SHAPIRO: Eventually, states certified their totals, and then it fell to Congress. January 6 was the day to certify the vote. Senate Majority Leader Mitch McConnell, who previously argued for letting the challenges play out, acknowledged that Biden was going to be the next president.


MITCH MCCONNELL: My colleagues, nothing before us proves illegality anywhere near the massive scale that would have tipped the entire election.

SHAPIRO: But Trump was not going quietly. He rallied thousands of supporters near the White House.


TRUMP: We're going to walk down to the Capitol.

SHAPIRO: And he gave them marching orders.


TRUMP: You'll never take back our country with weakness. You have to show strength, and you have to be strong.

SHAPIRO: Within hours, those Trump supporters had mobbed the Capitol. They overwhelmed officers.


UNIDENTIFIED PERSON #1: The crowd is using ammunitions against us. They have bear spray in the crowd, bear spray in the crowd.

SHAPIRO: A hundred and forty people in uniform were injured, according to a bipartisan Senate report. And in the months since that deadly attack, the seeds of Trump's lie spread across the country.


UNIDENTIFIED PERSON #2: This bill addresses two fundamental issues.

SHAPIRO: Republicans in state legislatures planted and fed them.


UNIDENTIFIED PERSON #2: The confusion that's created when a voter receives duplicate applications...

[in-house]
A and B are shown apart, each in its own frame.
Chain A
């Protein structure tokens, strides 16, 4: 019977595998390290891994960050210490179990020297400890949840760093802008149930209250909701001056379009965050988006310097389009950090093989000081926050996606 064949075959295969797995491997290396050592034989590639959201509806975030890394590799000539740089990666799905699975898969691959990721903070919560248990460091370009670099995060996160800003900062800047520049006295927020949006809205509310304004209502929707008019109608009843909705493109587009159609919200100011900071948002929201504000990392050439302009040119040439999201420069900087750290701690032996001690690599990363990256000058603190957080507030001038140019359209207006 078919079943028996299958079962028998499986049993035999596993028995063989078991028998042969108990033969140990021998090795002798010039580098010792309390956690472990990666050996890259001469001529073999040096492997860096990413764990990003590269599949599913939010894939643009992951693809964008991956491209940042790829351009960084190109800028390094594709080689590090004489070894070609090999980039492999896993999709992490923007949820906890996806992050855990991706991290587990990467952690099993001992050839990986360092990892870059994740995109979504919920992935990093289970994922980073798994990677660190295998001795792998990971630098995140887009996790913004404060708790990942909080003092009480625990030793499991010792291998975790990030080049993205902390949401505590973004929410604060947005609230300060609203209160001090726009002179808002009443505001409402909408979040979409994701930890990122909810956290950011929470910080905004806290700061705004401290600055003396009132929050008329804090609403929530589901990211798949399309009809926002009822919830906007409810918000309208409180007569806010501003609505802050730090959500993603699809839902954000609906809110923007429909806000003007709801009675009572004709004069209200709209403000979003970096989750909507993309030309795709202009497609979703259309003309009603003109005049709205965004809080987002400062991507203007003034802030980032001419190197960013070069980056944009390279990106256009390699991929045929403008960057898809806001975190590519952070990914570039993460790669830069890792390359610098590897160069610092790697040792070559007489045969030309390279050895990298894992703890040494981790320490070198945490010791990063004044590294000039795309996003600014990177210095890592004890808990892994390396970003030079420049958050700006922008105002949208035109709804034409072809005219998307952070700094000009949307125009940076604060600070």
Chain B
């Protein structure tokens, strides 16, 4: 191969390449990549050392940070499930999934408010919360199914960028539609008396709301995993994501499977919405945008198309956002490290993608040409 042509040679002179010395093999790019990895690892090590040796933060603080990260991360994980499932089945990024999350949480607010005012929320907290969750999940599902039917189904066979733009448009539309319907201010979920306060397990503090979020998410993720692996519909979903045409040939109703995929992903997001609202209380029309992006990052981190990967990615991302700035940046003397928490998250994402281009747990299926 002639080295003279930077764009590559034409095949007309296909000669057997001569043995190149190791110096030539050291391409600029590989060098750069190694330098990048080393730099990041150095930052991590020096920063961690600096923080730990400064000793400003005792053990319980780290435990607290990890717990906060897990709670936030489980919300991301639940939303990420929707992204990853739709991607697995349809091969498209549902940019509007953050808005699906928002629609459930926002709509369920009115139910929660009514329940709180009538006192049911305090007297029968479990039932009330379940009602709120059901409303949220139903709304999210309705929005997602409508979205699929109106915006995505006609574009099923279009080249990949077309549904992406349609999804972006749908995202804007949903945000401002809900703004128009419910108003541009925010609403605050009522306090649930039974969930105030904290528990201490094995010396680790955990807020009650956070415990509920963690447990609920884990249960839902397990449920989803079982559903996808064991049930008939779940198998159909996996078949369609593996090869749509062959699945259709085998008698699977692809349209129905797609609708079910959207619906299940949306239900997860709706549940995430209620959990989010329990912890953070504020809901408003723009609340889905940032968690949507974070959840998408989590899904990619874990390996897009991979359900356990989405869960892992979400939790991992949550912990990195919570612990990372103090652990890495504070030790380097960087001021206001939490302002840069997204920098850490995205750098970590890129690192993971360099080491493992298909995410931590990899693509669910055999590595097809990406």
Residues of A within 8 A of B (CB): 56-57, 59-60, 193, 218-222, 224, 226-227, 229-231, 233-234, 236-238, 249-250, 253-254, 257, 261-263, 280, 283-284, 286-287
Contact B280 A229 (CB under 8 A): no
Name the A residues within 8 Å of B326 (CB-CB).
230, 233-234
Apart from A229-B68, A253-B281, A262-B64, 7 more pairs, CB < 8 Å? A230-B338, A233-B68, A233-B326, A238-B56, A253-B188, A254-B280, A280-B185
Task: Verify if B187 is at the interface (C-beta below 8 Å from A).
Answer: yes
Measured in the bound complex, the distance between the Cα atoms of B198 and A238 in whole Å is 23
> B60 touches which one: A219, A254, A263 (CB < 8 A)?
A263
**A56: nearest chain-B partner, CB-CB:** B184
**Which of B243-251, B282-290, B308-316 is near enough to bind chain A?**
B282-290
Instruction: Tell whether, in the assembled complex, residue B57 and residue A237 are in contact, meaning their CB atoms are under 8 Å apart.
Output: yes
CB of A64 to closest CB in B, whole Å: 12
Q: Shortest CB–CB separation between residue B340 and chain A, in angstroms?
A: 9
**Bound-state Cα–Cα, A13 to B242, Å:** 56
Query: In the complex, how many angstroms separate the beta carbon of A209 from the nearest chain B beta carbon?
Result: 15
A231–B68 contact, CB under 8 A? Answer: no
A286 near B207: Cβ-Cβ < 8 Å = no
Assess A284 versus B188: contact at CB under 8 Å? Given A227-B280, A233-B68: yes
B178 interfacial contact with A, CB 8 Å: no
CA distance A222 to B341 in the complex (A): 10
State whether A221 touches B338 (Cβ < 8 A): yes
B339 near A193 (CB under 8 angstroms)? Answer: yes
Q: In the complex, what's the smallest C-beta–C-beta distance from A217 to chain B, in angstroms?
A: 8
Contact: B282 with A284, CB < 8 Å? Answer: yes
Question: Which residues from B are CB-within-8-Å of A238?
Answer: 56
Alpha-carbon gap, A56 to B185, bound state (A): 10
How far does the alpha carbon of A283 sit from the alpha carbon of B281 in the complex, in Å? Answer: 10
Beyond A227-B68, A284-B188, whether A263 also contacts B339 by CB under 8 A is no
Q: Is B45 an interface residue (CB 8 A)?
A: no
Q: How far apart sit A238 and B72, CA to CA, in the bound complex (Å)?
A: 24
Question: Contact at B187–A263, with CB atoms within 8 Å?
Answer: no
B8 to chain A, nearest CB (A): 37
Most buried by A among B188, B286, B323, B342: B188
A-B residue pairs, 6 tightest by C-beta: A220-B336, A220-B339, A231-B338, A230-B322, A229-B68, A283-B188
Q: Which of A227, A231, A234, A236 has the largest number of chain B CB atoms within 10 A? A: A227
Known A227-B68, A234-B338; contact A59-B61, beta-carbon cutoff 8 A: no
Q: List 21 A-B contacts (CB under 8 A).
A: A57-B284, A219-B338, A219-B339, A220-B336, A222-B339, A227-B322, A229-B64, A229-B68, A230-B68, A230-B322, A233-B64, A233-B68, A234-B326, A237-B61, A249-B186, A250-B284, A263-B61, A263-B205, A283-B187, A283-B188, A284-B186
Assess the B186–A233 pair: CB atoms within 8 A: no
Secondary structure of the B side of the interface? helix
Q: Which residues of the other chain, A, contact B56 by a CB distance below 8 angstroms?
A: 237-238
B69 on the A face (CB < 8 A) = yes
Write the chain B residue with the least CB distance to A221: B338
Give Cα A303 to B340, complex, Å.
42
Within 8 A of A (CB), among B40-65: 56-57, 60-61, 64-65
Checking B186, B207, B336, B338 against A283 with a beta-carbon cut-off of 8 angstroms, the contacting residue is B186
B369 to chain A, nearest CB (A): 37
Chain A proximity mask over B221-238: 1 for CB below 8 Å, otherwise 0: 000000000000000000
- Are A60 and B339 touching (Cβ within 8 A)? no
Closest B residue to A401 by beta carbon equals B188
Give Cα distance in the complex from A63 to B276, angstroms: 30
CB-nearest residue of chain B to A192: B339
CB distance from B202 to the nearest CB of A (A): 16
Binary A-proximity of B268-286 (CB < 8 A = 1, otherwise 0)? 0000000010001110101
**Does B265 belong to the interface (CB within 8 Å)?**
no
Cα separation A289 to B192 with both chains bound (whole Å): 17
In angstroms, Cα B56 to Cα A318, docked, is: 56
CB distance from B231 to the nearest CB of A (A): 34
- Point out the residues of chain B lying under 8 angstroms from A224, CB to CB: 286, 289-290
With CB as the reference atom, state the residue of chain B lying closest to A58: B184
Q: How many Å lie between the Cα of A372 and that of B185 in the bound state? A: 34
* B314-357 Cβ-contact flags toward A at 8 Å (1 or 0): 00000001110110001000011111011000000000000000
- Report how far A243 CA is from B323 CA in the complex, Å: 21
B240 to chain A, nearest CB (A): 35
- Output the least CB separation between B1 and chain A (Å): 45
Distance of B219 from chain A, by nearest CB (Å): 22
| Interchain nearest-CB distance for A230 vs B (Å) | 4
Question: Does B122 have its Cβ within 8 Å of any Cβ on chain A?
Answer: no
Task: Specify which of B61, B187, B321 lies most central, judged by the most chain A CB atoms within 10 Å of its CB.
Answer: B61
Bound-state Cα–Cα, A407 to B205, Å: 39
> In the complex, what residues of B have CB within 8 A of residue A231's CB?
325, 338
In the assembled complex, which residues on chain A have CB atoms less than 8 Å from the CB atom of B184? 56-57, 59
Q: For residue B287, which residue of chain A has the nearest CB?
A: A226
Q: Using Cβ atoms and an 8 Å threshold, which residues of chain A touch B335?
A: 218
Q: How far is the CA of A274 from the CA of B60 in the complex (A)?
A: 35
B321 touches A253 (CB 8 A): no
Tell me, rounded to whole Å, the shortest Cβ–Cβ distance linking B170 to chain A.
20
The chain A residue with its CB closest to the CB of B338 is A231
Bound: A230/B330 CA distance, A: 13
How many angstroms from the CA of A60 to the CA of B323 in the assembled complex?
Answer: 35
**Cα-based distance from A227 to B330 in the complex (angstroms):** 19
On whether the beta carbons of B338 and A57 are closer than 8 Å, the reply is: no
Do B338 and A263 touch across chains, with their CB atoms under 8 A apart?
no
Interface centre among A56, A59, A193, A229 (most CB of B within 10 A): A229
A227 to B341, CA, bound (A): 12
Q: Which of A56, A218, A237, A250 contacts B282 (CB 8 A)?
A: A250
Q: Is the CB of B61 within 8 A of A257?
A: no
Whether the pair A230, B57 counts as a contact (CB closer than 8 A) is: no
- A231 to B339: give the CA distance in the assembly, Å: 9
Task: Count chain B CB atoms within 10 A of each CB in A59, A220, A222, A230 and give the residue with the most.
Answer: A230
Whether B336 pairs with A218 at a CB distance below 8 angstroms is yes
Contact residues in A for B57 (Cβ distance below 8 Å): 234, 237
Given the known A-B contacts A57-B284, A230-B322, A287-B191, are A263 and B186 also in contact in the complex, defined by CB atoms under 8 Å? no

UNIDENTIFIED PERSON #3: ...Adopting safeguards that make sure people can have confidence in the outcome. That's always been something I've been committed to.

UNIDENTIFIED PERSON #4: It requires that all voting systems have a verifiable paper trail.

UNIDENTIFIED PERSON #5: Drive-through voting didn't work.

UNIDENTIFIED PERSON #6: Have all senators voted? Have all senators voted?

SHAPIRO: More than 20 of those bills have become laws, restricting how people vote and how votes are counted. One person who's been keeping a tally of these new laws is Michael Waldman. He's president of the Brennan Center for Justice, which advocates for expanded voter access, and I asked him which of these laws stood out as the most restrictive in practice.

MICHAEL WALDMAN: Georgia is the most notorious. What they did in Georgia and what we're seeing in other states as well that's particularly dangerous is at the last minute they put in a provision basically changing who would do the counting, taking the secretary of state out of it, taking County Board of Elections out of it and putting the right to decide who wins an election in the hands of a very partisan board appointed by the Republican legislature. That turns out to be one of the most dangerous things in 2021 - not only restrictions on who can vote but efforts, really, to rig who can do the counting.

SHAPIRO: When you look specifically at limitations on voting by mail, there is some question about whether that actually affects the results. Andrew Hall is with the Stanford Institute for Economic Policy Research, and he co-authored a recent study about this. Here's what he told us.

ANDREW HALL: We're pretty confident that changing the precise manner by which someone can vote by mail versus vote in person - things of that nature do not have extremely large effects on overall turnout.